Nutrients for Yeast Growth on Grape Berry Exudates

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Cheunjit Prakitchaiwattana
Graham H. Fleet
Gillian M. Heard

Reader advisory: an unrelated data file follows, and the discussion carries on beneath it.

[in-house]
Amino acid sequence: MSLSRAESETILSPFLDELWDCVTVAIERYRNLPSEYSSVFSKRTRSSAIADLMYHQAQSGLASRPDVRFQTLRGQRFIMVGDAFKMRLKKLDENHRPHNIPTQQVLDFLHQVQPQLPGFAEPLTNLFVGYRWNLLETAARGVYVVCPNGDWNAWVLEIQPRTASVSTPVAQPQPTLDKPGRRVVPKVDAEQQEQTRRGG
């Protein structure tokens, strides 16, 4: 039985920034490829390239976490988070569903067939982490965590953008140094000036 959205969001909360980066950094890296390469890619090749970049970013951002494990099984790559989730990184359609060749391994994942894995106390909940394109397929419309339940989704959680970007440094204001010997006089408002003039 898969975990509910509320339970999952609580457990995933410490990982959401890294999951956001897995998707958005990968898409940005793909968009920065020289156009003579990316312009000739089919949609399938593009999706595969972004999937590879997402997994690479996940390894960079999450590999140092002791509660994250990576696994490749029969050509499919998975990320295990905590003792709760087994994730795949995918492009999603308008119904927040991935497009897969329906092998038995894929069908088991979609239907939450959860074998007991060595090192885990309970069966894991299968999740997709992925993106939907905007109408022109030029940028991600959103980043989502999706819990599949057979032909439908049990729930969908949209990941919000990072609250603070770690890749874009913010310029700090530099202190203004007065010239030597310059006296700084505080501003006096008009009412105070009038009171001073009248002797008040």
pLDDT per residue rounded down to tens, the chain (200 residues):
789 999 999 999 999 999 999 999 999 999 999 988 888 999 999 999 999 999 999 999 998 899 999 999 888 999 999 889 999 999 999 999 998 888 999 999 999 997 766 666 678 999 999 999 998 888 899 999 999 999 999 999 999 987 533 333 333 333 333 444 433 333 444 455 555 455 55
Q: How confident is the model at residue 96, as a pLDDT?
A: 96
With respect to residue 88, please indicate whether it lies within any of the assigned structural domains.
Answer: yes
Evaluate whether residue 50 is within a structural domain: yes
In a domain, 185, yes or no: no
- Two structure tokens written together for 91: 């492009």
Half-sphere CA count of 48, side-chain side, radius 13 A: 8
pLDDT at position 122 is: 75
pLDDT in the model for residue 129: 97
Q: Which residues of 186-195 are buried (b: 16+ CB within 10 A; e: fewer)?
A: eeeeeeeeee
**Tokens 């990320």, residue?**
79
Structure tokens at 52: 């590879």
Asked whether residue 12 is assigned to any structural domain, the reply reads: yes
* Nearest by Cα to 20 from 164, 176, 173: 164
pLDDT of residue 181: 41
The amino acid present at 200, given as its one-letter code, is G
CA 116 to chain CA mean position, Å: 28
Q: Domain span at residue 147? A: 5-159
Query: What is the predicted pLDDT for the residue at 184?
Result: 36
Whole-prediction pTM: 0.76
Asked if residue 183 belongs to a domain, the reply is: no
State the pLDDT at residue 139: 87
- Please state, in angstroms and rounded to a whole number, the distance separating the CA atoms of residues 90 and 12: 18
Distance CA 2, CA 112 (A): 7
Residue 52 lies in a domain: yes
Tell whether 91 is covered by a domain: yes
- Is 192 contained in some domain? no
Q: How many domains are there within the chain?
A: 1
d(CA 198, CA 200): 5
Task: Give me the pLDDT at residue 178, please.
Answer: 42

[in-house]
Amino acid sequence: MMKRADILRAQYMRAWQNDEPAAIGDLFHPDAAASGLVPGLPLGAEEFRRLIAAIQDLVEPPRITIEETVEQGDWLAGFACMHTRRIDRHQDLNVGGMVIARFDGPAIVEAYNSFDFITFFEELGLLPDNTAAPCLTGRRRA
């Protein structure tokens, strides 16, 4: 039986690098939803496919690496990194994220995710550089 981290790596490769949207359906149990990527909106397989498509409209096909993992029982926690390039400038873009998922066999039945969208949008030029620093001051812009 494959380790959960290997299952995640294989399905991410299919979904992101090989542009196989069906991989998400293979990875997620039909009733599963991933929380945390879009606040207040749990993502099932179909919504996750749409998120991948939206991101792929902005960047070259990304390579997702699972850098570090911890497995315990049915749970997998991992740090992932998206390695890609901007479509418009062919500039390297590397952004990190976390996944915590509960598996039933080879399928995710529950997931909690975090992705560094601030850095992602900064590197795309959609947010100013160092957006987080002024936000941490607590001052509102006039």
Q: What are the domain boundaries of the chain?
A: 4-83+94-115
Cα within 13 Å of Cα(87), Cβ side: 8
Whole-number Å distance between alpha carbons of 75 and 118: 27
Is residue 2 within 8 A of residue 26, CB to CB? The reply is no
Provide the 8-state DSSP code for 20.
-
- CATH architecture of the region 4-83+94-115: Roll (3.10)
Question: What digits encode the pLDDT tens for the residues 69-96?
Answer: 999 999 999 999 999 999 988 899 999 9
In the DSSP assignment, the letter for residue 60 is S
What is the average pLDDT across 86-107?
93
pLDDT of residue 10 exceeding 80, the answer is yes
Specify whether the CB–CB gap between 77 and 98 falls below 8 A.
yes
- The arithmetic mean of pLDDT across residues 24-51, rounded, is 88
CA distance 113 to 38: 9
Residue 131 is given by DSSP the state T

This study presents data from analyses of sugars, organic acids and amino acids in rinses from the surfaces of grapes and their impacts on yeasts associated to the surfaces. Results obtained demonstrated that the grape surfaces contain basic nutrients; sugars (glucose and fructose), amino acids (i.e. proline, arginine, threonine, and phenylalanine) and organic acids (oxalic, citric, tartaric, malic, and citric, succinic and acetic acids) that could support the growth of yeasts. The surface concentrations increased as the grapes matured and, consequently, the yeast population also increased. Damaged grapes had much higher concentrations of surfaces accessible sugars and amino acids, and would explain the very high populations normally found on such grapes. Yeast populations increased with the availability of sugar, suggesting growth-substrate relationship. Aureobasidium pullulans was the most prevalent species on undamaged and damaged berries of both Shiraz and Chardonnay grapes throughout cultivation from every vineyard in the year 1 and 2 seasons. Results obtained from this study could be an important information for better understanding microbial ecology associated to fruit surfaces. The information obtained was important for the development of pre-and post-harvest processes in industrial fruit production.


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